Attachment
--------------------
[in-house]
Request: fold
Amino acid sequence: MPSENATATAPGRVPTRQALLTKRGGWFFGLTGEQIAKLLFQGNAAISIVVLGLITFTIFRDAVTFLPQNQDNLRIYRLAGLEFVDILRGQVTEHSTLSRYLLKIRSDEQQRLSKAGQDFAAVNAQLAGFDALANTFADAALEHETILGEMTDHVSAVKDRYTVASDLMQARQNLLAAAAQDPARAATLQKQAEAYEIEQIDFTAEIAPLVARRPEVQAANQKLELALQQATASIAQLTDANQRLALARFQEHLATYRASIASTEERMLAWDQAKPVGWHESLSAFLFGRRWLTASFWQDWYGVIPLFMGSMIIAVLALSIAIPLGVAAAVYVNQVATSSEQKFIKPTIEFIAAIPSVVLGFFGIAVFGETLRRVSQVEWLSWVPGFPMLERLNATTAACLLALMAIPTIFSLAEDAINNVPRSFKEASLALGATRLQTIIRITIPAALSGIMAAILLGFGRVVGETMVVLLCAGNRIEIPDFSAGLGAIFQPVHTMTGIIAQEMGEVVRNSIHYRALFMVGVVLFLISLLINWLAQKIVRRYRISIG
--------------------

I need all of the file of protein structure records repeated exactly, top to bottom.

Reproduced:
[in-house]
Request: fold
Amino acid sequence: MPSENATATAPGRVPTRQALLTKRGGWFFGLTGEQIAKLLFQGNAAISIVVLGLITFTIFRDAVTFLPQNQDNLRIYRLAGLEFVDILRGQVTEHSTLSRYLLKIRSDEQQRLSKAGQDFAAVNAQLAGFDALANTFADAALEHETILGEMTDHVSAVKDRYTVASDLMQARQNLLAAAAQDPARAATLQKQAEAYEIEQIDFTAEIAPLVARRPEVQAANQKLELALQQATASIAQLTDANQRLALARFQEHLATYRASIASTEERMLAWDQAKPVGWHESLSAFLFGRRWLTASFWQDWYGVIPLFMGSMIIAVLALSIAIPLGVAAAVYVNQVATSSEQKFIKPTIEFIAAIPSVVLGFFGIAVFGETLRRVSQVEWLSWVPGFPMLERLNATTAACLLALMAIPTIFSLAEDAINNVPRSFKEASLALGATRLQTIIRITIPAALSGIMAAILLGFGRVVGETMVVLLCAGNRIEIPDFSAGLGAIFQPVHTMTGIIAQEMGEVVRNSIHYRALFMVGVVLFLISLLINWLAQKIVRRYRISIG